Reminder+ 2.0 Sales Numbers

Version 2.0 of Reminder+ was released earlier this year, on the 26th August.

Around that time (in Expectations for Reminder+ 2.0) I wrote the following:

OK, so I’ve been working on 2.0 for a while, do I have any expectations for improved downloads/sales?

No, not really.

With the footnote:

Although I left the keywords alone, I did change both the name of the app and the app icon. Whilst these changes could improve performance in the App Store, they could potentially make the situation worse.


Here are the numbers from the three months after the release of v2.0:

  • Days: 92 (3 months)
  • Downloads: 621
  • Downloads / day: 6.75
  • IAPs: 62
  • IAPs / day: 0.67
  • IAP conversion rate: 10%

Compared to the numbers for the previous version, from the first 8 months of 2015:

  • Downloads / day: 6.7
  • IAPs: 223
  • IAPs / day: 0.92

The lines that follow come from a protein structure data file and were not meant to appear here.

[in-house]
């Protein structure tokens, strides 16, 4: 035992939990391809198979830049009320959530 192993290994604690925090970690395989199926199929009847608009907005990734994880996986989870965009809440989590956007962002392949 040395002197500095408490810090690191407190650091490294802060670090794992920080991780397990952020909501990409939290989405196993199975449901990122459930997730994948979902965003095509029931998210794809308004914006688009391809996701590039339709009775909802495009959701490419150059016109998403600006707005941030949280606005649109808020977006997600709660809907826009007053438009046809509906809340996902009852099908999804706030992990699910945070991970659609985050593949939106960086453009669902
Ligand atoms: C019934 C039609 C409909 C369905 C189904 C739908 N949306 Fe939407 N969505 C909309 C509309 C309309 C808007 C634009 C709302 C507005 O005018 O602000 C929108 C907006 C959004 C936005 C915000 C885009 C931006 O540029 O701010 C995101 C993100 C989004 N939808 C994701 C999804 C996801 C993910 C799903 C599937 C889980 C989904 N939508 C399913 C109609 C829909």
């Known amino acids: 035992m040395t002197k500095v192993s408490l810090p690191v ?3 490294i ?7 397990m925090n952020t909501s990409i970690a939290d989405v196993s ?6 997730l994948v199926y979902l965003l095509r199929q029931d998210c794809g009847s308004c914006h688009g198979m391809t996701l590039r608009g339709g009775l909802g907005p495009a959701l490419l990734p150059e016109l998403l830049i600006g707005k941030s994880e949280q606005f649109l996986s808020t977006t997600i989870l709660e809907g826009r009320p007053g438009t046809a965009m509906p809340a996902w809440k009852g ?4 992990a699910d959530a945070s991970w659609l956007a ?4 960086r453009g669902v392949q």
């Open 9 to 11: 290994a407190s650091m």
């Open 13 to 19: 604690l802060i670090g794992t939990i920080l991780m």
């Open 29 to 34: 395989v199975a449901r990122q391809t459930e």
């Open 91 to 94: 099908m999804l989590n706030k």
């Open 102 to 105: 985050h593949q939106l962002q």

• IAP conversion rate: 13.8%

As it turns out, the download numbers/App Store performance are ever so slightly better (essentially, the same). This is re-assuring as I figured my App Store changes were positive, making the app more targeted and appealing.

However, the IAP conversion rate has suffered, dropping from 13.8% to 10%.

For me, for this app, the numbers are so low that there’s no consequence to this. That said, a drop from 13.8% to 10% is of interest.

Possible causes?

  • There is (slightly) more going on in the app: the workflow and UI changes could be worse for engagement, use, and ultimately, deciding to try the IAP.
  • The Settings page, specifically, has additional information and options. Previously, there was a single option, the IAP; the extra stuff might be distracting users from finding/exploring/considering the IAP.
  • Version 2.0 added a second IAP: this may confuse the process of ‘buying an upgrade’, it might change the user’s view of the app/the developer, etc. Ultimately, it’s possible the additional IAP is hurting the conversion of the primary upgrade.

Whilst I’m interested in the change to the IAP conversion rate1, I’m more interested in my evolving view of this app: who uses it, how often, the problem(s) it currently solves and what I’ve learnt about why some of the users are using it.

I’ll write about this in the next post…

  1. I’m aware that analytics would be of use here.